“This isn’t a gag or a joke. The office where I work is kind of stuffy, and my boss has very old-fashioned ideas. He won’t hire a man who isn’t married, or engaged to be married. It wasn’t a problem when I got the job, but my engagement didn’t work out and I am single again. Mr. Fox is throwing this huge Labor Day picnic, and we are expected to bring our wives and children. If I show up without a fiancée I might as well kiss my job goodbye. Will you help me? You are very presentable, and I’m counting on makeup to hide the fact that you aren’t the same woman he met nine months ago when he hired me.”

“Aren’t you worried that he will know me as an imposter? I know nothing at all about him. I could say the wrong thing.”

“There will be so many people there that he won’t have time to spend grilling you, Anna.” Dan Parker seemed overly confident.

Anna thought to herself, Only a man! But, she was intrigued and she was no longer bored. She had something to do this weekend, and it could be a lot of fun, one way or another.

“You look nice,” he said, studying her intently. “You’ll need to get a manicure and pedicure, of course. And an expensive, pretty sundress is mandatory. No shorts, no crop tops, and no cheap flip-flops. You’ll want sandals that go well with your dress.” He looked into her eyes and asked, “Do you already have anything acceptable?” His expression told her he found it doubtful.

Anna could see that he was not impressed with her bare feet, and the shorts and crop top she’d thrown on when she got home from work. She had plenty of clothes, but she was pretty sure he wouldn’t like anything she owned.

Before she could say anything, he bossed, “Show me what you’ve got. If we find something suitable in your closet, great. If not, we will go shopping – on me, of course. It will be well worth the price to have you do me this huge favor.”

Anna took him into her bedroom, where he looked at her and smirked. “Do not say one deprecating word about my decor or the deal is off!” she threatened, meaning every word. Her bedroom was very homey and cozy, and she liked it.

“It looks like your grandma decorated, not you.”

“That is because my grandmother made the quilt and the wall hangings. I loved her and I also love her gifts.”

“I loved my grandmother too, but I doubt she ever took the time to make anything by hand during her entire life.”

He said “by hand” in a distasteful tone of voice, and Anna abruptly decided that her grandma’s favorite expression “Handsome is as handsome does” applied to Dan Parker. He was all show and no substance. “That is really too bad. It’s a lot of fun.”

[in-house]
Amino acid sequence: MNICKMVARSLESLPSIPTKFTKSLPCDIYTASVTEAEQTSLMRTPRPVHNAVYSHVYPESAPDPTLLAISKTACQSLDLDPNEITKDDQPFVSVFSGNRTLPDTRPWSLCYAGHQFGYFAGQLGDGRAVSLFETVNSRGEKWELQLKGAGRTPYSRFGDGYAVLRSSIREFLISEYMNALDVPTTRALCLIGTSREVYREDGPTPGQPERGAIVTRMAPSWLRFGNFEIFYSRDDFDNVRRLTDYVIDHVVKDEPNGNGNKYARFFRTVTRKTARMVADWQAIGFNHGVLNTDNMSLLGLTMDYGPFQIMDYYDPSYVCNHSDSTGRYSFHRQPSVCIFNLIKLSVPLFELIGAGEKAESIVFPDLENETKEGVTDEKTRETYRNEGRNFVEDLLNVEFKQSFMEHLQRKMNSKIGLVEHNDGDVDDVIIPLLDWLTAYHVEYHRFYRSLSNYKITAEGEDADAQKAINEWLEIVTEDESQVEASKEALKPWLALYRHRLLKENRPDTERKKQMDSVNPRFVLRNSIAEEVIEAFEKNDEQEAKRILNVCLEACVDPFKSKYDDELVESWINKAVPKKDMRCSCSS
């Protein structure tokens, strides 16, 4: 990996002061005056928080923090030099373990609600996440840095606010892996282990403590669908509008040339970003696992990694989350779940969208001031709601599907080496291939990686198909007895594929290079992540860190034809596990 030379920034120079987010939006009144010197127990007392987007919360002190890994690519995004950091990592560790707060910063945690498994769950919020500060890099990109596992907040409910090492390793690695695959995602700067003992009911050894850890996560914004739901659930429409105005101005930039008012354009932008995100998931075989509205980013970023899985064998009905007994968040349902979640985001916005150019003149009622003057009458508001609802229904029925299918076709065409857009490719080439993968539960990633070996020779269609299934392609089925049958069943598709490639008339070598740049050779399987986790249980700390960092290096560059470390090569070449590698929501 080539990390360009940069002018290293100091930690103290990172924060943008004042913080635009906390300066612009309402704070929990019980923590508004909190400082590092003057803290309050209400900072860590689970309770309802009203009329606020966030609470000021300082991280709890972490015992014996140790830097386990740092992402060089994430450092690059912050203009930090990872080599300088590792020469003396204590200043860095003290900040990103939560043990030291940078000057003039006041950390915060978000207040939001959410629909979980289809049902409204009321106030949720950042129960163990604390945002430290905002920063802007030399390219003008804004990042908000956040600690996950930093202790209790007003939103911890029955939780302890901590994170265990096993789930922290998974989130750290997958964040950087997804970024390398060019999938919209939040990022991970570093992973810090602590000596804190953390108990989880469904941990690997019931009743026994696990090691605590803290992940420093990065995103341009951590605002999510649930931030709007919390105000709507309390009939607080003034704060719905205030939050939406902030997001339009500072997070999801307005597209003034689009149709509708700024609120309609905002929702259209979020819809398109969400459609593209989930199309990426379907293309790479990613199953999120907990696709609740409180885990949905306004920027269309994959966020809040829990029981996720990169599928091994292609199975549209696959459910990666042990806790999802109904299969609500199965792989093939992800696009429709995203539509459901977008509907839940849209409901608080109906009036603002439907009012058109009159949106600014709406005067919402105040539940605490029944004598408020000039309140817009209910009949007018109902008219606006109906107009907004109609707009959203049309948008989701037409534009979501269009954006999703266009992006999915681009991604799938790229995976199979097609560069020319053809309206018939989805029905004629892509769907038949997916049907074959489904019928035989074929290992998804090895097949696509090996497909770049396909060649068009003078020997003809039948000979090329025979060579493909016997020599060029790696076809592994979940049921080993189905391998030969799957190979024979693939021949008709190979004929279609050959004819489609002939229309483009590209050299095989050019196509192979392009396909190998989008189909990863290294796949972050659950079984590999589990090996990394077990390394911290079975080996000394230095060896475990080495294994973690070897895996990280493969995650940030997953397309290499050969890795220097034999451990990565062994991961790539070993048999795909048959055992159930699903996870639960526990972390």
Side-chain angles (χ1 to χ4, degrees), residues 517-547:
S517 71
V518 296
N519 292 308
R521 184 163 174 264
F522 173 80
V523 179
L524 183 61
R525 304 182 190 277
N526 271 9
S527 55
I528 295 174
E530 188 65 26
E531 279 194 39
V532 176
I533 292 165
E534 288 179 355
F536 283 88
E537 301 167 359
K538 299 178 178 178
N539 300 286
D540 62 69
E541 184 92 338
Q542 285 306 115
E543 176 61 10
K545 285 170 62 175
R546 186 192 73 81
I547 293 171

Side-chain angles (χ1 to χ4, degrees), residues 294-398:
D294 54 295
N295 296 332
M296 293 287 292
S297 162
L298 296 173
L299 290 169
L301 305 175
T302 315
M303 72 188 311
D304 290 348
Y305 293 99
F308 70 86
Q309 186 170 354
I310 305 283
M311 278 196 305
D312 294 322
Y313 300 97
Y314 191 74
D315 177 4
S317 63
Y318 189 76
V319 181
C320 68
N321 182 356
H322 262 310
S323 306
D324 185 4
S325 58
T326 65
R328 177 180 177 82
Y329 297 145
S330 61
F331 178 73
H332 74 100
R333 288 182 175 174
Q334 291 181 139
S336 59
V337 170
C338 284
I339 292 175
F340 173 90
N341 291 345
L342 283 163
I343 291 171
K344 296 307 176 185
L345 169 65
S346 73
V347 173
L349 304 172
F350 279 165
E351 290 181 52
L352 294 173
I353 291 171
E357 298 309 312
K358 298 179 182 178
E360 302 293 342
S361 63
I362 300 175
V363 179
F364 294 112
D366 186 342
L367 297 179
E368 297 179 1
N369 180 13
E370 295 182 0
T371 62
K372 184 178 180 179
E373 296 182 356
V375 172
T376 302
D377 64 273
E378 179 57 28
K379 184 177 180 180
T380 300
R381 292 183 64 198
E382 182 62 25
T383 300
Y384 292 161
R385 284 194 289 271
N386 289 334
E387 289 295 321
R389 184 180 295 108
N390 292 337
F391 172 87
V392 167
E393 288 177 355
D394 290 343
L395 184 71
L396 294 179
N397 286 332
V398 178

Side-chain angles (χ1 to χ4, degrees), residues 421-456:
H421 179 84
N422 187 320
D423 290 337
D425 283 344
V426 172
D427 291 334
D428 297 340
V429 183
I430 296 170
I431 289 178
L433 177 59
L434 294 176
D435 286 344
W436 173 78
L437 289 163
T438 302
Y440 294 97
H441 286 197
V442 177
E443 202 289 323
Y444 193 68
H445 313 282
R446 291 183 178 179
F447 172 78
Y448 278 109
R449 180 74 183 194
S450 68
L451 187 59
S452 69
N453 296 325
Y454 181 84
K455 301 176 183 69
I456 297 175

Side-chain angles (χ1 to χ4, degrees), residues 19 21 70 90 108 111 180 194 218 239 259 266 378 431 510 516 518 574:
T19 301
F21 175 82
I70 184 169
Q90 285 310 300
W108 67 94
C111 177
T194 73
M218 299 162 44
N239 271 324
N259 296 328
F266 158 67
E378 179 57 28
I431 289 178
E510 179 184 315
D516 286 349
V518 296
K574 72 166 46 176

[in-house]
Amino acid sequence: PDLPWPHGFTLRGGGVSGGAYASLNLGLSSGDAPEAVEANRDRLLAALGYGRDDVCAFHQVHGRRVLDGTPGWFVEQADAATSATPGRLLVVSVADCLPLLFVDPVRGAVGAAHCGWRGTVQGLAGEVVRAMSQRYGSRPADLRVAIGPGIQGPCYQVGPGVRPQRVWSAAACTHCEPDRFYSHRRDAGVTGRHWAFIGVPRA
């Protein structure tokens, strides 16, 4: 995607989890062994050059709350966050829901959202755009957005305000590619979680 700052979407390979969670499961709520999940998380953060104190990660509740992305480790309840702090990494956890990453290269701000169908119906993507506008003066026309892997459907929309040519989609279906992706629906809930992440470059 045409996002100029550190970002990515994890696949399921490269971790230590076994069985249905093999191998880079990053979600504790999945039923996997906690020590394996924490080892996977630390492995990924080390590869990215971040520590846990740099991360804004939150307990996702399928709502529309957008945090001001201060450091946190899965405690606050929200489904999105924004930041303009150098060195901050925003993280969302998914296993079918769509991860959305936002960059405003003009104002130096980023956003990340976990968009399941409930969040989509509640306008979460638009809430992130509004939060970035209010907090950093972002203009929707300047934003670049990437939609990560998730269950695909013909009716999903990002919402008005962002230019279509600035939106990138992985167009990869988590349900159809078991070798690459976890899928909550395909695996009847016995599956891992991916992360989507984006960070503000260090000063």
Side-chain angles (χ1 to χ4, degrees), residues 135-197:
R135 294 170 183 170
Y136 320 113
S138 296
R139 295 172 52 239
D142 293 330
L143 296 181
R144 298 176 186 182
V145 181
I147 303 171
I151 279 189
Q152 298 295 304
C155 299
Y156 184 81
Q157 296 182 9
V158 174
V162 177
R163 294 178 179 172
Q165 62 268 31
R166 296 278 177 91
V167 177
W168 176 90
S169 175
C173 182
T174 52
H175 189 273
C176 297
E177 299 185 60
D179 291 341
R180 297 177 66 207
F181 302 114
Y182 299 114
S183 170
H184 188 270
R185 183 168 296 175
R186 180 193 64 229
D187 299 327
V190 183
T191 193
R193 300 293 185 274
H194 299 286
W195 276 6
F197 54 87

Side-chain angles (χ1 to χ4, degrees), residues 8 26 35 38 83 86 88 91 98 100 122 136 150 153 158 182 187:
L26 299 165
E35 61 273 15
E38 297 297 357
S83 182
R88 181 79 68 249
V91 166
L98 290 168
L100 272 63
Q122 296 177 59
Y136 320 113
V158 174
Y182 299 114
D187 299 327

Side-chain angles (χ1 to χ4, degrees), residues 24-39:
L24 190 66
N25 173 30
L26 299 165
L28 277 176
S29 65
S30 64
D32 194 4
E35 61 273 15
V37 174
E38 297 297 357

You do this sort of thing?” he asked in horror. “Oh God, don’t talk about crafty things at the picnic. Those women would not understand doing something so mundane.” He was burying himself by the second and had no idea how insulting his words were to her.

“What a shame. I would hate to be surrounded with shallow people all of the time. Whatever do you talk about?” She purposely baited him, deciding he might be decent looking, but she really didn’t like him.

“Books, movies, work.”

“The divorce rate among your friends?” she slyly inserted.

“We do not gossip! We hold intelligent conversations on politics, religion, art, charity works.” He didn’t know how pompous he sounded, or that she was on the verge of mischief.

“Boring stuff,” she stated emphatically. “There is my closet. Knock yourself out. Just know that if you make a mess, you will clean it up.”

Dan opened the closet door and looked at the contents suspiciously. “My closet doesn’t have built-ins like these. How did you get them?” He looked like a pouty little boy whose friend had the deluxe edition of a toy, while he was stuck with the average one. She wanted to laugh.

“I bought and installed them. I like organization.”

“It is really nice; makes the space more functional.” He walked in and started looking at her clothing, which was mostly the business suits and blouses she wore to work. Anna also had nice slacks and sweaters, jeans and tee shirts. There was a nice dress or two, but most of her clothing was geared toward work or home, not casual picnics with snooty, pretentious people who judged each other’s clothing by what store it came from and the expensive price tag.